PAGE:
Bonhams has revealed a docket for its London to Brighton Run Sale of Veteran Motor Cars that is led by a 1904 Renault Type N-B owned by a French family for some 60 years. The sale is scheduled for November 4 in London.
The Type N-B was introduced by Louis Renault as part of the reorganization of the automaker after the death of his brother, Marcel, in 1903. The N-B was one of the first Renaults powered by a four-cylinder engine, a side-valve powerplant displaying slightly more than 3.0 liters.
The car featured Renault’s already traditional “coal scuttle” hood with a rear-mounted radiator.
The car being offered has swing-seat tonneau coachwork that provides seating for four. It was owned from the 1920s into the 1980s by a French family until it was purchased by a member of the Veteran Car Club of the UK. That owner rallied the car extensively in England and on the Continent and is offering the car with a VCC dating certificate and V5 registration document.
Bonhams has set a pre-sale estimated value of £250,000 to £280,000 ($307,000 to $344,000).
Another rare French car on the docket is a 1904 Aster 16/20 hp, also a four-cylinder with four-seat tonneau coachwork and a pre-sale estimated value of £230,000 to -£250,000 ($282,500 to $307,000).
The Aster has competed five times in the London to Brighton run and also completed the Paris-Vienna Rally in 2002, a Australian drive from Brisbane to Sydney in 2005 and the 1,000 Miles Trial re-enactment in 2000. It comes with a V5C registration document and a copy of 1904 Yorkshire registration records.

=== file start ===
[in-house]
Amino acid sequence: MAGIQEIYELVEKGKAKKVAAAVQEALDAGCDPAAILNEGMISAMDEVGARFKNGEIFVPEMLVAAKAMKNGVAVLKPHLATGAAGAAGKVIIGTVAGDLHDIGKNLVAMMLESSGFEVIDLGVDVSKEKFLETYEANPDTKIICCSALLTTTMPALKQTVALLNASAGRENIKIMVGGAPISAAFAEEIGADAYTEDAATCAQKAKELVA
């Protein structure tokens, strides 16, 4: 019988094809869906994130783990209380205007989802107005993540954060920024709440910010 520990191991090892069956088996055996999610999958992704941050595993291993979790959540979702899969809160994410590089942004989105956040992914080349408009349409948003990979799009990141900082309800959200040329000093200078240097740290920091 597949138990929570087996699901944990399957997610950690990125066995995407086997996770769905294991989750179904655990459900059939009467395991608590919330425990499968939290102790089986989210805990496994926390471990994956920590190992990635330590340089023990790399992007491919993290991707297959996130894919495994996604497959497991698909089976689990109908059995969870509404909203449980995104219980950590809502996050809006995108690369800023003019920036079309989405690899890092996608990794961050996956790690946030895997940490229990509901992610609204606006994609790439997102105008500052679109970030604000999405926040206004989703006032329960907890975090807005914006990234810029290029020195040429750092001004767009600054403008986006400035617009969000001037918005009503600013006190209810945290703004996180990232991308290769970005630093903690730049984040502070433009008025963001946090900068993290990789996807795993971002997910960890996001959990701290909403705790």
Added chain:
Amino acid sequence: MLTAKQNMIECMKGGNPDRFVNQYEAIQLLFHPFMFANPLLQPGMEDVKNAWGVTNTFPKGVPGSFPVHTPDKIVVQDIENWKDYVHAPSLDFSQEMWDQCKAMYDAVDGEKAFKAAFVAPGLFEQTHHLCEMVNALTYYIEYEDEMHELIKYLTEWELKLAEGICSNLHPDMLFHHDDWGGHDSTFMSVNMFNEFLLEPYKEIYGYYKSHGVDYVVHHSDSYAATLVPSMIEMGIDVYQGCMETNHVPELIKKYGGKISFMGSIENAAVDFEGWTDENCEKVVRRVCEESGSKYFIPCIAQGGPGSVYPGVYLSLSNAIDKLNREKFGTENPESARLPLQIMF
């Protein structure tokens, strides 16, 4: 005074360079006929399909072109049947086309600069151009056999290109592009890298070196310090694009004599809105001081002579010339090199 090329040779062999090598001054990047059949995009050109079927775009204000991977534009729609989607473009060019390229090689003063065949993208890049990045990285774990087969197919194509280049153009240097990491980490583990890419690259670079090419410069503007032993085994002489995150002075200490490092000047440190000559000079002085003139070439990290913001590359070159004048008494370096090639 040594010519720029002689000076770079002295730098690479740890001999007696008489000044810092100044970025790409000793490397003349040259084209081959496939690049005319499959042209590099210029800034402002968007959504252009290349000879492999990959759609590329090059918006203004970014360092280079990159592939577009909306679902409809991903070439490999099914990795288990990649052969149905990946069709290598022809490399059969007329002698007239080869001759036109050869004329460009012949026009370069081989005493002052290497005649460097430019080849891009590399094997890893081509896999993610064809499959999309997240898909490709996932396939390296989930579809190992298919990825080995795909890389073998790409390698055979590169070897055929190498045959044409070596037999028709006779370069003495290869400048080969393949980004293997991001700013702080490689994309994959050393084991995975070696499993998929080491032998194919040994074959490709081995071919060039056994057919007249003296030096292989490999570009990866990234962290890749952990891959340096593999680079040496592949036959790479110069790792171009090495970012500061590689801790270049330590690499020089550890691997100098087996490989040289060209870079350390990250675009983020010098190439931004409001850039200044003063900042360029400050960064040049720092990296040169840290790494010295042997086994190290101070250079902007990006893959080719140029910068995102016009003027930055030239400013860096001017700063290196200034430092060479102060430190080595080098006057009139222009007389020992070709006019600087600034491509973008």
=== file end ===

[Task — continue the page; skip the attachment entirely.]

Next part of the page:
Even older than the French cars is an 1897 Daimler 4 hp twin-cylinder “Rougemont” wagonette. The car is one of the first British-built Daimlers and cost £370 new. The car retains its original tiller steering, has done London to Brighton several times and has Start No. 4 for the 2016 event. It’s pre-sale estimate is £200,00o to £220,000 ($245,000 to $270,000).
Another car of note is another French-built vehicle, a 1903 Renault Type N-C two-cylinder 10 horsepower Wagonette that was discovered in Kent, UK, in 1969 at the Canterbury scrapyard.
George Dorrington, a Veteran Car Club member and founding member of the Renault Freres Club, found a nearly complete vehicle, from chassis to radiator — dated water reservoir tank marked ‘4/3′ (for April 1903), bonnet, steering column, etc. all in a dismantled state. However, its original engine and bodywork were gone. Dorrington spent two decades rebuilding the car with period-correct parts and the car has been a London to Brighton regular ever since.
Pre-sale estimated value is £110,000 to £130,000 ($135,000 to $160,000).
“This year we are able to offer some real rarities from the dawn of motoring presented in wonderful condition,” Bonhams senior car specialist Rob Hubbard said in a news release. “Our top lots have proved their worth in many Veteran Car rallies all over the world and I expect a lot of interest from collectors keen to acquire a piece of motoring history.